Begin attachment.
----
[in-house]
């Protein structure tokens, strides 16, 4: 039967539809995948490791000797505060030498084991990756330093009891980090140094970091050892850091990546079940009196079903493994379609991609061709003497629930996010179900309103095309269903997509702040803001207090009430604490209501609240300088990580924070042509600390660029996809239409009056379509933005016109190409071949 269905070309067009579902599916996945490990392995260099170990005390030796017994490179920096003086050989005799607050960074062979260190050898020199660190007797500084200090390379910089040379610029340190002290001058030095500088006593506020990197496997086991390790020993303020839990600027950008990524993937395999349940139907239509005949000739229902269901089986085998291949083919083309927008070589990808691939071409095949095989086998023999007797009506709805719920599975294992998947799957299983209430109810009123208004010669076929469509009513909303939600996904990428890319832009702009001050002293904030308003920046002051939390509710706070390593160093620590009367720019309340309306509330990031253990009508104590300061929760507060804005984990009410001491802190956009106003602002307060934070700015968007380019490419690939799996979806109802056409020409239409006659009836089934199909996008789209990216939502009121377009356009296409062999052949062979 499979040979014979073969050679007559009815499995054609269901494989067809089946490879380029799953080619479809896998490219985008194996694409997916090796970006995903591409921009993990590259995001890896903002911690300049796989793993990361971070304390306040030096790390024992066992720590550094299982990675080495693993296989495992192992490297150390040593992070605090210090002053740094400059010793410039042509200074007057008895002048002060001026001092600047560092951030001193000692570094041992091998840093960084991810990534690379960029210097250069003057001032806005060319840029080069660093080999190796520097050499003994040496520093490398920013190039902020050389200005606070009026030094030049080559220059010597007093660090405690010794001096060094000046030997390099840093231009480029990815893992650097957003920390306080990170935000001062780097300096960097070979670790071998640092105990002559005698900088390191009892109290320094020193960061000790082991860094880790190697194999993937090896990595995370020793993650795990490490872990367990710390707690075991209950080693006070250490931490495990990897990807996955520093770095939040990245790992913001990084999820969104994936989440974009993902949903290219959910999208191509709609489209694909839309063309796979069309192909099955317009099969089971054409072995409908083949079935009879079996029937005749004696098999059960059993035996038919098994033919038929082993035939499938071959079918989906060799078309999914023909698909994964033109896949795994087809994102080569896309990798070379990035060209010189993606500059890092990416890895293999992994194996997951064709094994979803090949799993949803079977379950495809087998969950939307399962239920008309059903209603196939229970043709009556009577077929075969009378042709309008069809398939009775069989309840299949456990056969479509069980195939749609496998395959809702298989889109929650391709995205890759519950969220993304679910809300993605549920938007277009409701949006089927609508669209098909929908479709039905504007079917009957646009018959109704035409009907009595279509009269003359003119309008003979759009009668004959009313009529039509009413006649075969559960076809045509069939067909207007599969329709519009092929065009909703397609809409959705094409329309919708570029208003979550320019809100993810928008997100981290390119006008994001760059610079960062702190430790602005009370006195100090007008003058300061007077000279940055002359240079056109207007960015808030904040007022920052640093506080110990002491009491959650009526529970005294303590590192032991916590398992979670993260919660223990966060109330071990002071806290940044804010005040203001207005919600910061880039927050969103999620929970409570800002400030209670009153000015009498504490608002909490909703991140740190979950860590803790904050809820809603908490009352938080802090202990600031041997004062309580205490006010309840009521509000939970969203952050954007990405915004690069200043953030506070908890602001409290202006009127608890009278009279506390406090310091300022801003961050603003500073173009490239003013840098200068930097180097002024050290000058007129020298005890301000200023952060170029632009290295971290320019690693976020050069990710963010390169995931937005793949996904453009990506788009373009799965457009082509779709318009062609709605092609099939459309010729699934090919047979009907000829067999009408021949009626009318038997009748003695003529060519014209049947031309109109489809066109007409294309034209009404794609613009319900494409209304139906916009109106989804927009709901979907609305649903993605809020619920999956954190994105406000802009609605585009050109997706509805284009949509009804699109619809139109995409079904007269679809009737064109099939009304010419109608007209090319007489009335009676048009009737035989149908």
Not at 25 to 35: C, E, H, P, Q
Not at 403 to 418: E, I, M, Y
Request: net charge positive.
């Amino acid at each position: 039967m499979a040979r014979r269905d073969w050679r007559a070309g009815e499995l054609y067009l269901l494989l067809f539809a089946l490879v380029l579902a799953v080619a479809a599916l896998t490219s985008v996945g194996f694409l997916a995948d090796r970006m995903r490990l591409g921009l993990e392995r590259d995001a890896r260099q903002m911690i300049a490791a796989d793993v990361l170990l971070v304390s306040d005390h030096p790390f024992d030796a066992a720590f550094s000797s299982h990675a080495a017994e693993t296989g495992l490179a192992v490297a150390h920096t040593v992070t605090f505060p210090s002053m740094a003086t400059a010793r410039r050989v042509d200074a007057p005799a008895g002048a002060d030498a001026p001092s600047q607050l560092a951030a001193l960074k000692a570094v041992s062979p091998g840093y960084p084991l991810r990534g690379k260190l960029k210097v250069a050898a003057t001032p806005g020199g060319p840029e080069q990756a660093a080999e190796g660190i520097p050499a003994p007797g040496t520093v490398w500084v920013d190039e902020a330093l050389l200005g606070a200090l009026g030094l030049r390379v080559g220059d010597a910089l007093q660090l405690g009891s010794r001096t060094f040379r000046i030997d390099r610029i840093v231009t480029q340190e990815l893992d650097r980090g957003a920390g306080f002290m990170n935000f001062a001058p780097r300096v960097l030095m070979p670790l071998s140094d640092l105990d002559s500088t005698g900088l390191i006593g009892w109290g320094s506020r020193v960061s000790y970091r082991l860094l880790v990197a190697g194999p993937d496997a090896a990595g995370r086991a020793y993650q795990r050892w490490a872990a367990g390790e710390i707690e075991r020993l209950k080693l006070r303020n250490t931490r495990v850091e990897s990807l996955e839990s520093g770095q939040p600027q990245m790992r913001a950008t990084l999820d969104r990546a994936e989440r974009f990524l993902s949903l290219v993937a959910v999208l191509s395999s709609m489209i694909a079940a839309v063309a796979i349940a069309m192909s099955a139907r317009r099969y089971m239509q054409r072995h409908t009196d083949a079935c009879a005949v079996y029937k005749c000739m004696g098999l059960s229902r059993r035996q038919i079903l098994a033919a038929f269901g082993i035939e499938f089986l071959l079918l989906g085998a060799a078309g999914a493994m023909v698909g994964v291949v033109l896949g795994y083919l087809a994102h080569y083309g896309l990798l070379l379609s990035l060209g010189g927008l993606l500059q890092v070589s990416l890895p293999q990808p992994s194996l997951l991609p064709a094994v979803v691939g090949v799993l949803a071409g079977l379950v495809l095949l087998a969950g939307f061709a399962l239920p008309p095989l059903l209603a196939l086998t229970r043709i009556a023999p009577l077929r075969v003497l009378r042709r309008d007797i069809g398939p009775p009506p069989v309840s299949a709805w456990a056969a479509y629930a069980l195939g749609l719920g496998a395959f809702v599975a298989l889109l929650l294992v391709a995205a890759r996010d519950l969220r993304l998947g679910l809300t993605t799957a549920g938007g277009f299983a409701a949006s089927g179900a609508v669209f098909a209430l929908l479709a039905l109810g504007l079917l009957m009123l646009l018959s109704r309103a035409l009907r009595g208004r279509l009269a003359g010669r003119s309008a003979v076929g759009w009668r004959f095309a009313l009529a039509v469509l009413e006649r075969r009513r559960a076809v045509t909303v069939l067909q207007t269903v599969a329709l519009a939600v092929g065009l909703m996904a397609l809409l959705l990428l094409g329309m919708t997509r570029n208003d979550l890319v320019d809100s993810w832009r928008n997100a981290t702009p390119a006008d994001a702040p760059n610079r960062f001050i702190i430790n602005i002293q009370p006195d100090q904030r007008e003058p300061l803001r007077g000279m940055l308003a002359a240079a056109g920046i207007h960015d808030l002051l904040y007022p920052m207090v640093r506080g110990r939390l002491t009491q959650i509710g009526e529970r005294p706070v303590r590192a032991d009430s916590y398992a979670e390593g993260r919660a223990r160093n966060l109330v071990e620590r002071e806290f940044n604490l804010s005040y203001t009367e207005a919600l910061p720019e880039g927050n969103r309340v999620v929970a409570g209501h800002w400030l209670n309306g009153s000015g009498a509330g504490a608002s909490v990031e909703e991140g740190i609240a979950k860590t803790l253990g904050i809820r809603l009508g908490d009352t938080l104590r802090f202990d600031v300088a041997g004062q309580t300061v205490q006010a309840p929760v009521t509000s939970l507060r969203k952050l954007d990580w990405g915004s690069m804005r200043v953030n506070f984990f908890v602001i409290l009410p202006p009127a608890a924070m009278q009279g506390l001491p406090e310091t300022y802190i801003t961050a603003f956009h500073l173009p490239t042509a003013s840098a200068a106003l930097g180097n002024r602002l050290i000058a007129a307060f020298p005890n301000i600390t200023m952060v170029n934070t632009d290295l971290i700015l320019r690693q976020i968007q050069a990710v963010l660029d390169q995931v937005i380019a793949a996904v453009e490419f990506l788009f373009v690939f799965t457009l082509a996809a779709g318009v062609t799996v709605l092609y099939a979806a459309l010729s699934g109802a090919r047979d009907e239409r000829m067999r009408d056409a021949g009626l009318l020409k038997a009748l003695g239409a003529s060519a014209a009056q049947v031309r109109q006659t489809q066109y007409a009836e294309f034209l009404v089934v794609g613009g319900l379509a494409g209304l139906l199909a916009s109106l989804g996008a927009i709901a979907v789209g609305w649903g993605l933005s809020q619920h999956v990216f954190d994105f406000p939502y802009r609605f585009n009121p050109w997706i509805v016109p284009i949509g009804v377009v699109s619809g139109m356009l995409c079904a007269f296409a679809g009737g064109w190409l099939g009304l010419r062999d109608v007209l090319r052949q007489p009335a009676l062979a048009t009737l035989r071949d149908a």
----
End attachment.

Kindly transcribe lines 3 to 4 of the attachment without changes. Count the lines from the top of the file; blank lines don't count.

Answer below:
Not at 25 to 35: C, E, H, P, Q
Not at 403 to 418: E, I, M, Y